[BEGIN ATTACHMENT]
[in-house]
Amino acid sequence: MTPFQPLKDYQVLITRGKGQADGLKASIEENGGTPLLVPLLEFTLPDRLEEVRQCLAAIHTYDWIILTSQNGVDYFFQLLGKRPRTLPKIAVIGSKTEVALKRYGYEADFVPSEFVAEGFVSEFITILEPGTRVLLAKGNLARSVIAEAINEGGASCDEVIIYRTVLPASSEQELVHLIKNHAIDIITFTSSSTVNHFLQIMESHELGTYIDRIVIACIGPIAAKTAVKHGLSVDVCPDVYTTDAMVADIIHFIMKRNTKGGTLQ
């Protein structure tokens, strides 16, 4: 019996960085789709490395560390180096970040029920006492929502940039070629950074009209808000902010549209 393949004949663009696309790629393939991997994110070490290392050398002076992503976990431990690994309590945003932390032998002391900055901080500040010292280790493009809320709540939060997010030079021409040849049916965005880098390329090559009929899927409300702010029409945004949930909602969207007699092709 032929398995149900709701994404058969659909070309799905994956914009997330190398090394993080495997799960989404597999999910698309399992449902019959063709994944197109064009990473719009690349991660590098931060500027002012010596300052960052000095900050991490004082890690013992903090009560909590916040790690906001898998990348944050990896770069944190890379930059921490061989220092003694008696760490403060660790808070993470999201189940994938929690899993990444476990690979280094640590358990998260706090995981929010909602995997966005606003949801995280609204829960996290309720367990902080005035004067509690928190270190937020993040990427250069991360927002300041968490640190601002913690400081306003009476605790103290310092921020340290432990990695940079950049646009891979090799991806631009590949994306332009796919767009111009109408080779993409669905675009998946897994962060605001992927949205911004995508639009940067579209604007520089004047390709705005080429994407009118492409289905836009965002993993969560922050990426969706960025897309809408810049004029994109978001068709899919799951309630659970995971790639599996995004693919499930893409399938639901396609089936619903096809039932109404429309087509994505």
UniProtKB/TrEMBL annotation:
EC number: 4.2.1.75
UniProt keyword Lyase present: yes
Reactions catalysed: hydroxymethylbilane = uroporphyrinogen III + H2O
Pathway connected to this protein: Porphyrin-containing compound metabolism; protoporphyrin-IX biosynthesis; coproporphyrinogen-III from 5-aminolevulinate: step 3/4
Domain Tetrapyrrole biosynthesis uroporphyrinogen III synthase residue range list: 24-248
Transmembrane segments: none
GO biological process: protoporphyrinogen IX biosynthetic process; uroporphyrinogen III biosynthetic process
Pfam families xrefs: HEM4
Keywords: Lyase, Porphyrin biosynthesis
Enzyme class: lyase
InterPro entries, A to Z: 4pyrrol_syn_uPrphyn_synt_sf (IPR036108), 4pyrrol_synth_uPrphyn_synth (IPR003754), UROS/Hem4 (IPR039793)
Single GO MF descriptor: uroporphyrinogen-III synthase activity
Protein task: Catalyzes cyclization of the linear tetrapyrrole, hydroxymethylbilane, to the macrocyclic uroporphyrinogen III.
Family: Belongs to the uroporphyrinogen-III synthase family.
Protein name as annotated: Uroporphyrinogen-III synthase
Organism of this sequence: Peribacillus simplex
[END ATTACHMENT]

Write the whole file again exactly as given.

[in-house]
Amino acid sequence: MTPFQPLKDYQVLITRGKGQADGLKASIEENGGTPLLVPLLEFTLPDRLEEVRQCLAAIHTYDWIILTSQNGVDYFFQLLGKRPRTLPKIAVIGSKTEVALKRYGYEADFVPSEFVAEGFVSEFITILEPGTRVLLAKGNLARSVIAEAINEGGASCDEVIIYRTVLPASSEQELVHLIKNHAIDIITFTSSSTVNHFLQIMESHELGTYIDRIVIACIGPIAAKTAVKHGLSVDVCPDVYTTDAMVADIIHFIMKRNTKGGTLQ
């Protein structure tokens, strides 16, 4: 019996960085789709490395560390180096970040029920006492929502940039070629950074009209808000902010549209 393949004949663009696309790629393939991997994110070490290392050398002076992503976990431990690994309590945003932390032998002391900055901080500040010292280790493009809320709540939060997010030079021409040849049916965005880098390329090559009929899927409300702010029409945004949930909602969207007699092709 032929398995149900709701994404058969659909070309799905994956914009997330190398090394993080495997799960989404597999999910698309399992449902019959063709994944197109064009990473719009690349991660590098931060500027002012010596300052960052000095900050991490004082890690013992903090009560909590916040790690906001898998990348944050990896770069944190890379930059921490061989220092003694008696760490403060660790808070993470999201189940994938929690899993990444476990690979280094640590358990998260706090995981929010909602995997966005606003949801995280609204829960996290309720367990902080005035004067509690928190270190937020993040990427250069991360927002300041968490640190601002913690400081306003009476605790103290310092921020340290432990990695940079950049646009891979090799991806631009590949994306332009796919767009111009109408080779993409669905675009998946897994962060605001992927949205911004995508639009940067579209604007520089004047390709705005080429994407009118492409289905836009965002993993969560922050990426969706960025897309809408810049004029994109978001068709899919799951309630659970995971790639599996995004693919499930893409399938639901396609089936619903096809039932109404429309087509994505």
UniProtKB/TrEMBL annotation:
EC number: 4.2.1.75
UniProt keyword Lyase present: yes
Reactions catalysed: hydroxymethylbilane = uroporphyrinogen III + H2O
Pathway connected to this protein: Porphyrin-containing compound metabolism; protoporphyrin-IX biosynthesis; coproporphyrinogen-III from 5-aminolevulinate: step 3/4
Domain Tetrapyrrole biosynthesis uroporphyrinogen III synthase residue range list: 24-248
Transmembrane segments: none
GO biological process: protoporphyrinogen IX biosynthetic process; uroporphyrinogen III biosynthetic process
Pfam families xrefs: HEM4
Keywords: Lyase, Porphyrin biosynthesis
Enzyme class: lyase
InterPro entries, A to Z: 4pyrrol_syn_uPrphyn_synt_sf (IPR036108), 4pyrrol_synth_uPrphyn_synth (IPR003754), UROS/Hem4 (IPR039793)
Single GO MF descriptor: uroporphyrinogen-III synthase activity
Protein task: Catalyzes cyclization of the linear tetrapyrrole, hydroxymethylbilane, to the macrocyclic uroporphyrinogen III.
Family: Belongs to the uroporphyrinogen-III synthase family.
Protein name as annotated: Uroporphyrinogen-III synthase
Organism of this sequence: Peribacillus simplex